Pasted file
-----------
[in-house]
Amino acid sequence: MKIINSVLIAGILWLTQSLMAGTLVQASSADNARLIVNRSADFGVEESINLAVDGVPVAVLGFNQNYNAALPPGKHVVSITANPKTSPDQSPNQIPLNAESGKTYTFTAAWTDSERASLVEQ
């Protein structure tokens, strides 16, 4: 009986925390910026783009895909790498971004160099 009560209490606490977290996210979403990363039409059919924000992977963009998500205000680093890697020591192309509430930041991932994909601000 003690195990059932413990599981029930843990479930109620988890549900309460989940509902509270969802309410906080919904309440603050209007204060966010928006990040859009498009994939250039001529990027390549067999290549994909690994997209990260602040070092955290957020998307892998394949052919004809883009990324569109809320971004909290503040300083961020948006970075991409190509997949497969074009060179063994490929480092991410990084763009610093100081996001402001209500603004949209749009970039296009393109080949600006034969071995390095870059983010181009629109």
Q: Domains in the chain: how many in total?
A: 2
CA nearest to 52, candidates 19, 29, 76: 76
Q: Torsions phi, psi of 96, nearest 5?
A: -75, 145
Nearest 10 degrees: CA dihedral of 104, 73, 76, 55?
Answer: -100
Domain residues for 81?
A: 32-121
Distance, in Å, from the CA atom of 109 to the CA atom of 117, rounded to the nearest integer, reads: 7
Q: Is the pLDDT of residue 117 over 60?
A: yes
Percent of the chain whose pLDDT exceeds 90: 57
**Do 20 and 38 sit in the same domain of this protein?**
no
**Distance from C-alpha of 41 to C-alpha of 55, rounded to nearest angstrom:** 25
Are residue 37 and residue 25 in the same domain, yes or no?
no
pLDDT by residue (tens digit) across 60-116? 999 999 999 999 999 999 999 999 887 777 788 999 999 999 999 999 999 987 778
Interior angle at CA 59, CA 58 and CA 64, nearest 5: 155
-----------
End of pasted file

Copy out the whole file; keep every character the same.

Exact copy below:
[in-house]
Amino acid sequence: MKIINSVLIAGILWLTQSLMAGTLVQASSADNARLIVNRSADFGVEESINLAVDGVPVAVLGFNQNYNAALPPGKHVVSITANPKTSPDQSPNQIPLNAESGKTYTFTAAWTDSERASLVEQ
């Protein structure tokens, strides 16, 4: 009986925390910026783009895909790498971004160099 009560209490606490977290996210979403990363039409059919924000992977963009998500205000680093890697020591192309509430930041991932994909601000 003690195990059932413990599981029930843990479930109620988890549900309460989940509902509270969802309410906080919904309440603050209007204060966010928006990040859009498009994939250039001529990027390549067999290549994909690994997209990260602040070092955290957020998307892998394949052919004809883009990324569109809320971004909290503040300083961020948006970075991409190509997949497969074009060179063994490929480092991410990084763009610093100081996001402001209500603004949209749009970039296009393109080949600006034969071995390095870059983010181009629109």
Q: Domains in the chain: how many in total?
A: 2
CA nearest to 52, candidates 19, 29, 76: 76
Q: Torsions phi, psi of 96, nearest 5?
A: -75, 145
Nearest 10 degrees: CA dihedral of 104, 73, 76, 55?
Answer: -100
Domain residues for 81?
A: 32-121
Distance, in Å, from the CA atom of 109 to the CA atom of 117, rounded to the nearest integer, reads: 7
Q: Is the pLDDT of residue 117 over 60?
A: yes
Percent of the chain whose pLDDT exceeds 90: 57
**Do 20 and 38 sit in the same domain of this protein?**
no
**Distance from C-alpha of 41 to C-alpha of 55, rounded to nearest angstrom:** 25
Are residue 37 and residue 25 in the same domain, yes or no?
no
pLDDT by residue (tens digit) across 60-116? 999 999 999 999 999 999 999 999 887 777 788 999 999 999 999 999 999 987 778
Interior angle at CA 59, CA 58 and CA 64, nearest 5: 155